Academic journal article Theological Studies

Impassible Suffering? Divine Passion and Fifth-Century Christology

Academic journal article Theological Studies

Impassible Suffering? Divine Passion and Fifth-Century Christology

Article excerpt

Few periods in the history of Christian thought have received more scholarly attention than the christological debates of the fifth century. In fact, so much interpretive energy has been spent on these controversies that many textbooks report confidently that all relevant questions about the debates have been answered.(1) The controversy, the textbooks imply, was about Jesus and his humanity. The players were the Alexandrians (in the person of Cyril) who diminished this humanity and the Antiochenes who defended it. According to this account, Alexandrian Christology missed the point of the Incarnation by denying the Word a full human nature, while Antiochene christological thought grasped the essentials. Antiochene theologians were the coolheaded exegetes who resisted allegorical readings of the text, refused to allow philosophy to dominate their Christology, and insisted on the historical significance of Jesus as a human being. These Antiochenes, as seen by the textbooks, resemble modern historical critics in their appreciation for history and for the human life of Jesus.(2)

Although some scholarly studies of the christological, debates of the fifth century recognize the inaccuracy of this position(3) the view that Antiochenes were prototypical historians committed to the man Jesus continues to be influential. Many scholars still think that Antiochene theologians worried most about defending the full humanity of the Word incarnate. As a result, contemporary scholarship has not attended to what is, in my view, the more central Antiochene efforts to defend the impassibility of God. The depth of the Antiochene resistance to using language suggestive of divine suffering can easily be missed if we are predisposed to find a controversy about history and humanity.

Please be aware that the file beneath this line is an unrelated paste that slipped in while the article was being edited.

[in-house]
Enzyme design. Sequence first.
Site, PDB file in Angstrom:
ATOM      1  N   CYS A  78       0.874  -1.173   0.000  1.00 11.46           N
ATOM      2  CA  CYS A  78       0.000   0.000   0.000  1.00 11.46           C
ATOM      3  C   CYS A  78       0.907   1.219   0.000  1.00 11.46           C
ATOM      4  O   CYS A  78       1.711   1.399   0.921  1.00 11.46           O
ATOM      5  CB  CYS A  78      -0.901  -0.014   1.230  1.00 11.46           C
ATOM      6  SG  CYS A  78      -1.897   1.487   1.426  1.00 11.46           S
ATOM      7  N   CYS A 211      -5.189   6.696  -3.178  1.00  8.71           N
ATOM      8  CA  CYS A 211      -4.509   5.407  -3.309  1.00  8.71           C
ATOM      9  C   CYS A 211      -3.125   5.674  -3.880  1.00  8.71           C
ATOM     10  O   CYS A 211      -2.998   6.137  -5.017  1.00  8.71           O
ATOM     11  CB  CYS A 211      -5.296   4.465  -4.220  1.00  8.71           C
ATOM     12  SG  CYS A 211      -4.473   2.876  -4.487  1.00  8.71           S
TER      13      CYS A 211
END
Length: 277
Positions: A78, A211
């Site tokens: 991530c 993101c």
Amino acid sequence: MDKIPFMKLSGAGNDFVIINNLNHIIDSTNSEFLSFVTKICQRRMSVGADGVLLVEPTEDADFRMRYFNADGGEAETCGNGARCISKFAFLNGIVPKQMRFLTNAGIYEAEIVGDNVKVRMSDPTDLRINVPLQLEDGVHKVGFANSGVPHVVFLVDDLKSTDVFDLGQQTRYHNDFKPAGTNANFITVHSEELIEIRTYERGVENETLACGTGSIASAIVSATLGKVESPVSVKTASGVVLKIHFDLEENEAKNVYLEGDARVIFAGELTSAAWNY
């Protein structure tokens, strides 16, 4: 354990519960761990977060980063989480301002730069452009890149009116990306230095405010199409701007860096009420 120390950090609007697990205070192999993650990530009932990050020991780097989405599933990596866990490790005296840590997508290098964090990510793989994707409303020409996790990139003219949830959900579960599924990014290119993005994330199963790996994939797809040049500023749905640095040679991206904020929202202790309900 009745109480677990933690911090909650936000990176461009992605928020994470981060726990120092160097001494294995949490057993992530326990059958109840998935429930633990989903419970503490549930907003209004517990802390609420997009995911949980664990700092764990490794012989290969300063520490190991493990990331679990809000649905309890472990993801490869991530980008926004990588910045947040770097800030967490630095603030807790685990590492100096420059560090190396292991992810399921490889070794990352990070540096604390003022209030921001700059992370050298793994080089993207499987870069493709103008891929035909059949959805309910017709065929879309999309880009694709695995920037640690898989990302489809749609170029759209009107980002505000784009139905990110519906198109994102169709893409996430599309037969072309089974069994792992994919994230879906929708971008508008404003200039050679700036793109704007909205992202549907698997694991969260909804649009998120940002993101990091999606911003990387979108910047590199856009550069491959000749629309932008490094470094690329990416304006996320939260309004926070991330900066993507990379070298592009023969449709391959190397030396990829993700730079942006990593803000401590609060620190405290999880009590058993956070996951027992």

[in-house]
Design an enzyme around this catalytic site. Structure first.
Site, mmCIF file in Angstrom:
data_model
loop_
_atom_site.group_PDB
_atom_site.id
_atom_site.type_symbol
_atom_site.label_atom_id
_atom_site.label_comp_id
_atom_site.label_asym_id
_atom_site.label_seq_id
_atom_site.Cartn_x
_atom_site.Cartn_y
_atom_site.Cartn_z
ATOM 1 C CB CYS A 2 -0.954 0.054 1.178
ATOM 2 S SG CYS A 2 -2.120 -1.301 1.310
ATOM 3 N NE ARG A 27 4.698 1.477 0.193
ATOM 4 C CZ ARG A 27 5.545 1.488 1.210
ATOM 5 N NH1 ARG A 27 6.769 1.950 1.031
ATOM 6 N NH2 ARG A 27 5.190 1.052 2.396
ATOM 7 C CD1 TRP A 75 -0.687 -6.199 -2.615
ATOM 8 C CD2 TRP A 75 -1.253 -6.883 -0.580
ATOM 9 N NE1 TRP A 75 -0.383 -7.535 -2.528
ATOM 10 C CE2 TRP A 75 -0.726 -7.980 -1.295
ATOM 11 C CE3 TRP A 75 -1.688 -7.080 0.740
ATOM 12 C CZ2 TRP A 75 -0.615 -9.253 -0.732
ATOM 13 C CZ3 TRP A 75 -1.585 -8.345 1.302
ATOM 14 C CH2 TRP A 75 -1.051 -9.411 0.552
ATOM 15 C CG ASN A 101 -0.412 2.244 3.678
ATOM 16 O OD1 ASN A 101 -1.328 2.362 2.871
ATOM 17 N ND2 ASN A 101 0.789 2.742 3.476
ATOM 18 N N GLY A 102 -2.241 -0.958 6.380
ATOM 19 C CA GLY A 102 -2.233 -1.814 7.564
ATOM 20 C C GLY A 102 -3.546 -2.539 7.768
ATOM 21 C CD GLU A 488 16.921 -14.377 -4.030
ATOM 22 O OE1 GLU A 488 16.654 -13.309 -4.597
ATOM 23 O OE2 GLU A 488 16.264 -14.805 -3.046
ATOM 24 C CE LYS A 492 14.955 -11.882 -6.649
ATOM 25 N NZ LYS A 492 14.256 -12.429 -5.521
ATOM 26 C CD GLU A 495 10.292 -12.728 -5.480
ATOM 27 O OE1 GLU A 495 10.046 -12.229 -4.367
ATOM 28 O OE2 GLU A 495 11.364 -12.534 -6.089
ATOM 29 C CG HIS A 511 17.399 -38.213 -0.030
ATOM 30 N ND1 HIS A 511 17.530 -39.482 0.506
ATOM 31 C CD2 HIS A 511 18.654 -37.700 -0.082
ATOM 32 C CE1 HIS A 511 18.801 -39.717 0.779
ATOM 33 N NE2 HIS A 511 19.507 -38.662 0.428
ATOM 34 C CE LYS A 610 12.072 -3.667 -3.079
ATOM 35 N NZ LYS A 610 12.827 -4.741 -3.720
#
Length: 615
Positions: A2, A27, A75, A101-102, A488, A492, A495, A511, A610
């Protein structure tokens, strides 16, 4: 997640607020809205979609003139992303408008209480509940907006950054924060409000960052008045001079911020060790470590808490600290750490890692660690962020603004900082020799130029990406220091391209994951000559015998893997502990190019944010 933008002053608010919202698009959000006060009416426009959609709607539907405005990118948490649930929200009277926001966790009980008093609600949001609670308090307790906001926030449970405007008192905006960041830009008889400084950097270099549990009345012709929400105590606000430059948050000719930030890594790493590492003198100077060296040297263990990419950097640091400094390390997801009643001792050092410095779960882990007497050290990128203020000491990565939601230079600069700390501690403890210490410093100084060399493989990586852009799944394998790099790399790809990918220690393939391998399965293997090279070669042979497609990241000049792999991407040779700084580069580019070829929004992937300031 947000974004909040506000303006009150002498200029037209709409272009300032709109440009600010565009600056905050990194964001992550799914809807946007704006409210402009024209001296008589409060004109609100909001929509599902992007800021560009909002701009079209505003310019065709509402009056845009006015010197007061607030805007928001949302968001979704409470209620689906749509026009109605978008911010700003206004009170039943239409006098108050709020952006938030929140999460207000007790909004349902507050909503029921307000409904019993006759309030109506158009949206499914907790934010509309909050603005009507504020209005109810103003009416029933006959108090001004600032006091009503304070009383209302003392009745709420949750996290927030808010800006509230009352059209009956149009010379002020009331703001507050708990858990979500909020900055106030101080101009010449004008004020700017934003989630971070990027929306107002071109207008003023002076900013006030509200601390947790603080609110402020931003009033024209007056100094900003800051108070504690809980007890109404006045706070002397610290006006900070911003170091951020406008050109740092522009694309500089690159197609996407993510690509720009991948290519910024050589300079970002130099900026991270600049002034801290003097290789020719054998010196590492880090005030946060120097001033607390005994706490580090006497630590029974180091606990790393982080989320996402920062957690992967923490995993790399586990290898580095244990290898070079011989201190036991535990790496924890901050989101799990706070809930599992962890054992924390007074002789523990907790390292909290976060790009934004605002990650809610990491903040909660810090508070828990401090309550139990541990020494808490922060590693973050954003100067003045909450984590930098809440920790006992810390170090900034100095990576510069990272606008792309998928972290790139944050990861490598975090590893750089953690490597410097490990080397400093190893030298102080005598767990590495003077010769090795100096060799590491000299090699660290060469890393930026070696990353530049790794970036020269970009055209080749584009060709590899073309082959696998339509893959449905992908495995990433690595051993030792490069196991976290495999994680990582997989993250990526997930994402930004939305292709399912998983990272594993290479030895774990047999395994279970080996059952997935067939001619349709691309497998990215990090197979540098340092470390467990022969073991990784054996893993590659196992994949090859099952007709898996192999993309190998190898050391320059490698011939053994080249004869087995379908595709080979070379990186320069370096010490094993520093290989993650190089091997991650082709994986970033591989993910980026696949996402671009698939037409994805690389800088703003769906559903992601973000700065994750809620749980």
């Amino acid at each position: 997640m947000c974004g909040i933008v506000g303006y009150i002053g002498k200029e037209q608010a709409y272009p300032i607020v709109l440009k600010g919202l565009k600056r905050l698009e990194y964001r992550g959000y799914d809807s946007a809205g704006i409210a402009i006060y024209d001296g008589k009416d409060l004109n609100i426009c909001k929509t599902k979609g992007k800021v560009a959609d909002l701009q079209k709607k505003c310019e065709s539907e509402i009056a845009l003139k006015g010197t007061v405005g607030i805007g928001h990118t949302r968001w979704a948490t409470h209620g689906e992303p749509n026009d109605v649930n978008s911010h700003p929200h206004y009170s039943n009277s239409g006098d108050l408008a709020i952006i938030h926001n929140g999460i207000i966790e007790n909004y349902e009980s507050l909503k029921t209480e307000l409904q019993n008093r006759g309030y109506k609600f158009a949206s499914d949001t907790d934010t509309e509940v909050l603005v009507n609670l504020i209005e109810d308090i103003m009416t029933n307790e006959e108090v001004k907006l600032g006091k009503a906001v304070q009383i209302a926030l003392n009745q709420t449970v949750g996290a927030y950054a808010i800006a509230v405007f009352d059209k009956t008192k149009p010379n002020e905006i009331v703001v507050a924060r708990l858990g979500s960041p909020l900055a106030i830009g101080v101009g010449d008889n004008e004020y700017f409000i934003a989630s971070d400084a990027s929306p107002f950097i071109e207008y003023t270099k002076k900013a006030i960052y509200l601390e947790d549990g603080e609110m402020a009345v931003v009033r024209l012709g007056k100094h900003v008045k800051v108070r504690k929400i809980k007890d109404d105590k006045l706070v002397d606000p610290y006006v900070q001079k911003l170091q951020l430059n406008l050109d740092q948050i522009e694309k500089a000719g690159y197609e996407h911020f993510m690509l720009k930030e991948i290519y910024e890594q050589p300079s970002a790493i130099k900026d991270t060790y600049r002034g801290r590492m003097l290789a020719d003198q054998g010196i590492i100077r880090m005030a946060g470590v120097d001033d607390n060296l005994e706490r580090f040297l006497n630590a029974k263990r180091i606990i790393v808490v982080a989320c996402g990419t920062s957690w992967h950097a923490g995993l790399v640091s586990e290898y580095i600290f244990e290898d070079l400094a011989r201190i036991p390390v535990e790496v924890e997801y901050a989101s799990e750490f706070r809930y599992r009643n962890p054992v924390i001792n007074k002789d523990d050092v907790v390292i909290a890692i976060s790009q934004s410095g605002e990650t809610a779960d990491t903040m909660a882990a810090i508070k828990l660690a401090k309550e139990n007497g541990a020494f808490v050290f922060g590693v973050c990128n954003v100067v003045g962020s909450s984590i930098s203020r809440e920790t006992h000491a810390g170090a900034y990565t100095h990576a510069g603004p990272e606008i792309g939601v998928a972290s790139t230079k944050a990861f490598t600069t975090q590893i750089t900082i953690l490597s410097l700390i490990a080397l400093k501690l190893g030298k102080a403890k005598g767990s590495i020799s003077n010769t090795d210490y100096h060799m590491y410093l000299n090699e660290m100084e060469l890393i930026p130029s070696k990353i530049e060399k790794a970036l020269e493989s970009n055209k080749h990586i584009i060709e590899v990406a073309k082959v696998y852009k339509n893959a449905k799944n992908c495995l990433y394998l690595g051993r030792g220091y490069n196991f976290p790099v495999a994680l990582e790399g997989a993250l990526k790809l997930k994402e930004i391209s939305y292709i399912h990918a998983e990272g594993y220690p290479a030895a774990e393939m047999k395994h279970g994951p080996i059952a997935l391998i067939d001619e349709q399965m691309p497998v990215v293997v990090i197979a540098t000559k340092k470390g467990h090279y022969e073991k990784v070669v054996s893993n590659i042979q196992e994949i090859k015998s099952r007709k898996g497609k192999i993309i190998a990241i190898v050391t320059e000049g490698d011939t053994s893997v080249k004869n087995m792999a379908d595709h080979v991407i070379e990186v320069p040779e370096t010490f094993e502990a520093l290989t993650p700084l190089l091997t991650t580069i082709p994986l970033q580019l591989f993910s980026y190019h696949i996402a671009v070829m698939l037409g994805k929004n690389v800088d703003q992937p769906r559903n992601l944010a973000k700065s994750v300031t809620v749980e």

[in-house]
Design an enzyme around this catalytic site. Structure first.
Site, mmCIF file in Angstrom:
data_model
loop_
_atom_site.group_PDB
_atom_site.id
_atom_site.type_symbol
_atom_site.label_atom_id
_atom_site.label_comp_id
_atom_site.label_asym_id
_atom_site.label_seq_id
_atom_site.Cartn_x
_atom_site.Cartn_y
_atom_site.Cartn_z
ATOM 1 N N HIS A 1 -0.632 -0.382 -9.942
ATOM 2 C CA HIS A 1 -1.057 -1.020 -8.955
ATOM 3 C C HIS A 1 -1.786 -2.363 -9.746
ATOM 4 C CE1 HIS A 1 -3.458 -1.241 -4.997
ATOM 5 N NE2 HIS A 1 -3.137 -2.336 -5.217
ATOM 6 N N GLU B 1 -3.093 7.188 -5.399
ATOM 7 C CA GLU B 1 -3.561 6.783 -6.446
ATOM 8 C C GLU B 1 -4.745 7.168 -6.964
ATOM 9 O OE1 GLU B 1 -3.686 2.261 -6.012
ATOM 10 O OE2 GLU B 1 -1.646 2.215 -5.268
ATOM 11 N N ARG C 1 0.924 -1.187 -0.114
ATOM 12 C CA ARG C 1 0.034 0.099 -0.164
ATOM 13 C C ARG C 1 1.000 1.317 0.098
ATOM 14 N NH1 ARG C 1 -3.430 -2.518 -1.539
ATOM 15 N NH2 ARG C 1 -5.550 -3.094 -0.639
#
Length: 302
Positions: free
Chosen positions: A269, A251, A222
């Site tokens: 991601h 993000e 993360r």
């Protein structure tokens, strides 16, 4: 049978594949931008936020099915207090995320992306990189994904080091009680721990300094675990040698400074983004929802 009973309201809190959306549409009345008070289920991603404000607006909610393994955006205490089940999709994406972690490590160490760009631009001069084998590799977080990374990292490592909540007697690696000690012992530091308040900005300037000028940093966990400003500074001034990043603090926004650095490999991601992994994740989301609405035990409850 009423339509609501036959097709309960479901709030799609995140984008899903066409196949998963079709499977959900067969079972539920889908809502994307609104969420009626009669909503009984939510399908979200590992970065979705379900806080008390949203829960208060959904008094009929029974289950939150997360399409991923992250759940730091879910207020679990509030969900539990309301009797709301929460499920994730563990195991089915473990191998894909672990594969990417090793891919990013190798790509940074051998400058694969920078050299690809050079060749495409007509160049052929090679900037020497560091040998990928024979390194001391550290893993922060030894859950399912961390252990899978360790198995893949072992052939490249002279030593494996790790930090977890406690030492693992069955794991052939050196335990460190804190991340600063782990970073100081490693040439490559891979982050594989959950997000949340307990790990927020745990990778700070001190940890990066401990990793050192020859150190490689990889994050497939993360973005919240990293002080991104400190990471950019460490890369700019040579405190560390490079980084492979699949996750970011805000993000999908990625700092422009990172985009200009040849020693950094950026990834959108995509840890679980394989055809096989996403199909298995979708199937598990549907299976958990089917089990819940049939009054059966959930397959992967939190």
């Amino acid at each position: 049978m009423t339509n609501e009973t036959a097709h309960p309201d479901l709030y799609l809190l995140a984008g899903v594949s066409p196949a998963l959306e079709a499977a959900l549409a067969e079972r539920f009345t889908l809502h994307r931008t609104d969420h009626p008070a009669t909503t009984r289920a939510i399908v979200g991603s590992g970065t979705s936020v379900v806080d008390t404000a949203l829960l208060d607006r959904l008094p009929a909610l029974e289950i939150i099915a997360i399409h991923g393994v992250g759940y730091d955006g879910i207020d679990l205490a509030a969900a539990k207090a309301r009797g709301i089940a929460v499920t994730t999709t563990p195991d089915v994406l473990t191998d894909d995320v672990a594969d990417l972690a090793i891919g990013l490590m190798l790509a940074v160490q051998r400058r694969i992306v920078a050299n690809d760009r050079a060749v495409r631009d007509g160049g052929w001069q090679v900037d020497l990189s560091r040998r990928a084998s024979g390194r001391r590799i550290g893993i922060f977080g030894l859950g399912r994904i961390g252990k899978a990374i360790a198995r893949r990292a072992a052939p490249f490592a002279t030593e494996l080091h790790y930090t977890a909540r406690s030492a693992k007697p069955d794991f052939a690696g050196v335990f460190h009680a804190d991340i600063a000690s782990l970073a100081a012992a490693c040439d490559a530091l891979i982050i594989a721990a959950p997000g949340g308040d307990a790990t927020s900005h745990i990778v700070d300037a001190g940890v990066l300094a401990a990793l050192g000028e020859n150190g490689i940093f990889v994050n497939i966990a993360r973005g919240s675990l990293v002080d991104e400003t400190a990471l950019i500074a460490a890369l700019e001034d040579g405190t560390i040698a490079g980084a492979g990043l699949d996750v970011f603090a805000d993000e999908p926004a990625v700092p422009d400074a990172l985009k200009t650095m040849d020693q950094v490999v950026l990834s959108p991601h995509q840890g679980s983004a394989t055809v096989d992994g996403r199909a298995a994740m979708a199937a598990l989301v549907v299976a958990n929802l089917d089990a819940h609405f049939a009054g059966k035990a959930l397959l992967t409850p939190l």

The impassibility of God was a major theological concern not only to the theologians of the fifth century but also throughout the patristic period. While most patristic authors embraced the idea that God transcended suffering and passion, it would be a mistake to assume that they all did so without hesitation or qualification. One recent study demonstrates that a significant number of patristic authors made surprisingly "theopaschite" remarks, including such stalwart theologians as Clement of Alexandria, Tertullian, and Origen.(4) Likewise, studies of the fourth century have noted that the problem of divine suffering figured prominently in the development of Nicene theology; the anti-Nicene position gelled around resistance to the term "homoousion" precisely because it brought the sufferings of the Son too close to the godhead.(5) After the council, with the Son's divine stature assured, the problem of impassibility became, if anything, more difficult. To what extent did the human sufferings of the Son touch the divine nature? If Jesus Christ is God, as Nicaea declared, and if Jesus Christ suffered, as Scripture asserted, does this not imply that God suffered in some way? It should come as no surprise, then, that God's impassibility emerged as a key issue in the christological debates of the next century.(6)

In order to understand the christological debate, we must recognize that concern about God's impassibility goes to the heart of the controversy itself. I will argue that the conflict between Cyril and the Antiochenes is not a conflict between the historically insensitive and the historically sensitive, or between one who would minimize Jesus' humanity and those who would defend it. Rather, the conflict emerges when the scriptural narrative collides with certain philosophical presuppositions about what God can and cannot be like. In my view, Cyril wanted to say that when philosophy and the biblical narrative conflict, preference ought to be given to the biblical narrative. The Antiochenes tended to do the reverse. In practical terms, this means that Cyril's christological expression appeared dangerously "theopaschite" to his Antiochene antagonists. …

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